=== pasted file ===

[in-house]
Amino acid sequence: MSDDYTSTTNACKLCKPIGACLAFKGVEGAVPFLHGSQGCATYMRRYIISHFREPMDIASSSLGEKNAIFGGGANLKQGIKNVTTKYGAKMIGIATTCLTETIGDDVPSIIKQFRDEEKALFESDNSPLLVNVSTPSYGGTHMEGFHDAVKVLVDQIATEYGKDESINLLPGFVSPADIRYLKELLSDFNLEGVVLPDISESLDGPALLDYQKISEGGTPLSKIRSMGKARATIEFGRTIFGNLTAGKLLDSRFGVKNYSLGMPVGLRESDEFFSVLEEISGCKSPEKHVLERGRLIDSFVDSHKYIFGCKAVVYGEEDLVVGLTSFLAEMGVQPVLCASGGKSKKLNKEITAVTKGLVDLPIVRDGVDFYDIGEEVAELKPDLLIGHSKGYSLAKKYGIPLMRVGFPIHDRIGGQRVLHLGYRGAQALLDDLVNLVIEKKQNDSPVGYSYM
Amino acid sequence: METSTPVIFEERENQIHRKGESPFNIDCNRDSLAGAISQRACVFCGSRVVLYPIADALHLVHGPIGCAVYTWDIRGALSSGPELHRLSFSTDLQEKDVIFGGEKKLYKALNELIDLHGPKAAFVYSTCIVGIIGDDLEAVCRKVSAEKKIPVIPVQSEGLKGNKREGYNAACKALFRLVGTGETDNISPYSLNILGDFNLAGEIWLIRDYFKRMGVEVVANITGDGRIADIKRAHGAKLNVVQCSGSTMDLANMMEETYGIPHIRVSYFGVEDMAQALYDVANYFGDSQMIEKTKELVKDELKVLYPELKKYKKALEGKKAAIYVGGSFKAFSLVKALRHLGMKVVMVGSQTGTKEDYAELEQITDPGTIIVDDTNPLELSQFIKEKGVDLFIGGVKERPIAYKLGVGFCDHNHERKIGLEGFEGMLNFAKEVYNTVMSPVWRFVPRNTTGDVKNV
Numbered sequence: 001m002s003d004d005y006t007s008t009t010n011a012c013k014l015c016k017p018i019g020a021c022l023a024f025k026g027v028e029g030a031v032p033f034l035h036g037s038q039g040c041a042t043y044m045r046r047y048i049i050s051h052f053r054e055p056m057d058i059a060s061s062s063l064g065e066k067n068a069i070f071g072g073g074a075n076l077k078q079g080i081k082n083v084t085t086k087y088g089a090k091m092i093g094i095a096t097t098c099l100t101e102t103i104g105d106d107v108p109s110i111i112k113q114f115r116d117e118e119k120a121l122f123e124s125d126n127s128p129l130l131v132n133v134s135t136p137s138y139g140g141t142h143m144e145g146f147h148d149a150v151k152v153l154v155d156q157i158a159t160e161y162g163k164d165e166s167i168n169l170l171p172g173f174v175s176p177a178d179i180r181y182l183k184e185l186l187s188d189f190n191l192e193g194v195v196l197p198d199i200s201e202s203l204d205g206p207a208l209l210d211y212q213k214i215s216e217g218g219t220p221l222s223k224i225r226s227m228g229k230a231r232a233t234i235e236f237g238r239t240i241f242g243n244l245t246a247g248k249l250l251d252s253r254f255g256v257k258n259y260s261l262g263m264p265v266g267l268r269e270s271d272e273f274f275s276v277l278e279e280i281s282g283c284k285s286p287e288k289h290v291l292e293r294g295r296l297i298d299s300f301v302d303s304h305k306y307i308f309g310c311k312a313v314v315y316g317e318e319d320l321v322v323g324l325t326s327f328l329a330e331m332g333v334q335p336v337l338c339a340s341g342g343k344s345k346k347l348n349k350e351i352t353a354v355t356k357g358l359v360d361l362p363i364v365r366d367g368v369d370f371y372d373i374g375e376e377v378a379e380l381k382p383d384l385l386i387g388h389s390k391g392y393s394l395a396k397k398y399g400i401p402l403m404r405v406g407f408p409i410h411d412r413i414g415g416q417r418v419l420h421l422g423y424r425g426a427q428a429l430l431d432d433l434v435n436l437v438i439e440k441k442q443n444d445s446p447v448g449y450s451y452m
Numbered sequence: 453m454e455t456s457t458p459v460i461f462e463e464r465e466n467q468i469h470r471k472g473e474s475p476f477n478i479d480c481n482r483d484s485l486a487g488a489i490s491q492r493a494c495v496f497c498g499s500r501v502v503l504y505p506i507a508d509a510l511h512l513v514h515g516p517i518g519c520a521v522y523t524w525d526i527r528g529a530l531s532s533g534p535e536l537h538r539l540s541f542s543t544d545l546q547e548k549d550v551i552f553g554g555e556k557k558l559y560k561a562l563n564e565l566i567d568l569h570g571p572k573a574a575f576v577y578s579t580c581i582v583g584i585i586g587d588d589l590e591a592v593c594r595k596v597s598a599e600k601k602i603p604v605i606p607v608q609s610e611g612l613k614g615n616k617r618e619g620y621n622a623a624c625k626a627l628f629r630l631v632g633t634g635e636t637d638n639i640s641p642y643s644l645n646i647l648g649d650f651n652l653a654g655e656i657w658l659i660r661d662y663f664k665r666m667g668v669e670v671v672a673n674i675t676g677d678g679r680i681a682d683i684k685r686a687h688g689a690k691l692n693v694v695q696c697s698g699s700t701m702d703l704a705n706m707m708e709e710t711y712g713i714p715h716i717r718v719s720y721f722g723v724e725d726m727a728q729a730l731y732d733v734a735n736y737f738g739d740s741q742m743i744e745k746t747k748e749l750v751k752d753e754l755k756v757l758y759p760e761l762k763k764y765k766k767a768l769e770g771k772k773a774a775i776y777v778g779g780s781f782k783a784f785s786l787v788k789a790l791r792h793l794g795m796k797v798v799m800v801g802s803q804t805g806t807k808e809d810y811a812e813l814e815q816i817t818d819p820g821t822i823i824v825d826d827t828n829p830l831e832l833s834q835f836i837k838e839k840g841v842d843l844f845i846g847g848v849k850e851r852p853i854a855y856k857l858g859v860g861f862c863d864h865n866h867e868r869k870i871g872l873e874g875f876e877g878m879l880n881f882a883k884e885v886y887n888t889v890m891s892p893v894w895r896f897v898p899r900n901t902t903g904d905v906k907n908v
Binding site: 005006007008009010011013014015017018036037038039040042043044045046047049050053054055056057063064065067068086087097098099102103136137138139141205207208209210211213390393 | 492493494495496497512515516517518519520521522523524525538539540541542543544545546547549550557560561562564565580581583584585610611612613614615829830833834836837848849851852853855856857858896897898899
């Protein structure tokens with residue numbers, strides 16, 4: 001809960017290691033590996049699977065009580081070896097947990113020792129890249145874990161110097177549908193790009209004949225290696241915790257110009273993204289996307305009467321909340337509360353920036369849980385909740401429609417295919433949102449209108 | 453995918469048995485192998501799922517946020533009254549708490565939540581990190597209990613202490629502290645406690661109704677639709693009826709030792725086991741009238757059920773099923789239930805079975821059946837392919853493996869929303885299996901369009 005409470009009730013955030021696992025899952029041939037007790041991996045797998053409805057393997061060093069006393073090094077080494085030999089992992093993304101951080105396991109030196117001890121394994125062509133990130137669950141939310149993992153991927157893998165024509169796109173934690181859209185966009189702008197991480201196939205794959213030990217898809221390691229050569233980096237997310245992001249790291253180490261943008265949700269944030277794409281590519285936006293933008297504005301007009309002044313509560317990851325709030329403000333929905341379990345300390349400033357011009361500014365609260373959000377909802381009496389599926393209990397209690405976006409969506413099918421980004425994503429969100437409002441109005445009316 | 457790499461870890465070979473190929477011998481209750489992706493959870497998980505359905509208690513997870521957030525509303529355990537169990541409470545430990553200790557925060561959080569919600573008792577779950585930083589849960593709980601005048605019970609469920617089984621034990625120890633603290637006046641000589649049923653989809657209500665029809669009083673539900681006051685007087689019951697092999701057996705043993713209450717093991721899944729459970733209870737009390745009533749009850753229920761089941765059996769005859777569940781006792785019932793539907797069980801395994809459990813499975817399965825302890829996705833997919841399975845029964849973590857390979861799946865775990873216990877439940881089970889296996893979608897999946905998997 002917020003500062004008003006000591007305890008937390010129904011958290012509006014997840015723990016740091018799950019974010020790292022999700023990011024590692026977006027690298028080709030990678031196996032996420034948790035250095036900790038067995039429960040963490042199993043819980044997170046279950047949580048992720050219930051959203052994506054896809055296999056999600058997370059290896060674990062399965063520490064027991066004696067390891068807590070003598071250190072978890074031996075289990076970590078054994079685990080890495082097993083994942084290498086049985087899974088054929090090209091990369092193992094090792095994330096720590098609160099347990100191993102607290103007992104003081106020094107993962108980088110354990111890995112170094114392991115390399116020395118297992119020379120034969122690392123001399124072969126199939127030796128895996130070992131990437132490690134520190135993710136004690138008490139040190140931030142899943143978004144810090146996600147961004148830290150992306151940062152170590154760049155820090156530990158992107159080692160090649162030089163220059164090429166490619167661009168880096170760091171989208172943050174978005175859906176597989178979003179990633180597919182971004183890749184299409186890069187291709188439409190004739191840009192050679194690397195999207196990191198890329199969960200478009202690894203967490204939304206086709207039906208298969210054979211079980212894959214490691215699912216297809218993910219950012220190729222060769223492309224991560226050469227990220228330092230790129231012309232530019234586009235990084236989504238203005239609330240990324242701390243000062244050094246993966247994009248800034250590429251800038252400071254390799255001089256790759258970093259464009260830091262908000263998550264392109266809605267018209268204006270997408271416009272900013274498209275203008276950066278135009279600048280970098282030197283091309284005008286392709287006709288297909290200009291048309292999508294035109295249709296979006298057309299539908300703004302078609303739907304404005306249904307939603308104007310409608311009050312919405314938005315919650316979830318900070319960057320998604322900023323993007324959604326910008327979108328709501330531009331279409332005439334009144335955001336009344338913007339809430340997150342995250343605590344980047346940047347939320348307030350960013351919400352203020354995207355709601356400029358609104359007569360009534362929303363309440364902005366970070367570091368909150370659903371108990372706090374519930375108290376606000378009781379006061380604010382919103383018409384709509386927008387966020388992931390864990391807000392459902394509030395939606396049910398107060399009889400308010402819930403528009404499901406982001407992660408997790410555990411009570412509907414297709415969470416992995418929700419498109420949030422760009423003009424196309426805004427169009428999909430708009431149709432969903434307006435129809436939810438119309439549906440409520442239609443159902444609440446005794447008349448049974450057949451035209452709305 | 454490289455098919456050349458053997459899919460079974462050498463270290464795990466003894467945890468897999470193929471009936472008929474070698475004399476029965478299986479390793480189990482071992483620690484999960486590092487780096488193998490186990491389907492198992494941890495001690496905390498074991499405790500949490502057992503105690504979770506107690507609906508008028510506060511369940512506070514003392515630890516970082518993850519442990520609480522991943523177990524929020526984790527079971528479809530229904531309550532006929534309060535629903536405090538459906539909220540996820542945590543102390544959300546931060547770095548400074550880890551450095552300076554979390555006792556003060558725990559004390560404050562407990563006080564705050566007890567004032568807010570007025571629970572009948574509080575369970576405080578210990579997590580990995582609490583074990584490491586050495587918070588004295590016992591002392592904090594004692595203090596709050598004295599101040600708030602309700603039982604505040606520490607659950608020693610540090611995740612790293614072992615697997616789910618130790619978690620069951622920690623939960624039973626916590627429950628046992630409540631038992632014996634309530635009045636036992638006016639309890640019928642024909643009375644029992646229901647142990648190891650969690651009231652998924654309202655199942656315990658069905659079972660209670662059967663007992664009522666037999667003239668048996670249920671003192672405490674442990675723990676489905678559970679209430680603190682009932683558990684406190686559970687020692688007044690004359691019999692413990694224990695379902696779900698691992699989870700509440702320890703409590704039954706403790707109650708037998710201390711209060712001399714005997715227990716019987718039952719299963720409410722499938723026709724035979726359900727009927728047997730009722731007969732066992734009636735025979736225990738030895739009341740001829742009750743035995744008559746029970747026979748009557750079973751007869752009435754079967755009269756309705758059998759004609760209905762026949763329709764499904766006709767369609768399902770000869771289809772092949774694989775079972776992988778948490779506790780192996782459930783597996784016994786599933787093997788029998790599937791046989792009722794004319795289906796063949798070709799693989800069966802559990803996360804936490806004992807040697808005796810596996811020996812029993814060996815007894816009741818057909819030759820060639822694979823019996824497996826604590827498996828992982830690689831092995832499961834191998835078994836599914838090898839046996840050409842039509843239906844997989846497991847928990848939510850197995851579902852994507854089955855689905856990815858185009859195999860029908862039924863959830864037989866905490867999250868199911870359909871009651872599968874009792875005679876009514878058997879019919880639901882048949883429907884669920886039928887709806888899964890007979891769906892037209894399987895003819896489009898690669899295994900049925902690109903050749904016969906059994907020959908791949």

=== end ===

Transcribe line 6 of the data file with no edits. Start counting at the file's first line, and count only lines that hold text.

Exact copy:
Binding site: 005006007008009010011013014015017018036037038039040042043044045046047049050053054055056057063064065067068086087097098099102103136137138139141205207208209210211213390393 | 492493494495496497512515516517518519520521522523524525538539540541542543544545546547549550557560561562564565580581583584585610611612613614615829830833834836837848849851852853855856857858896897898899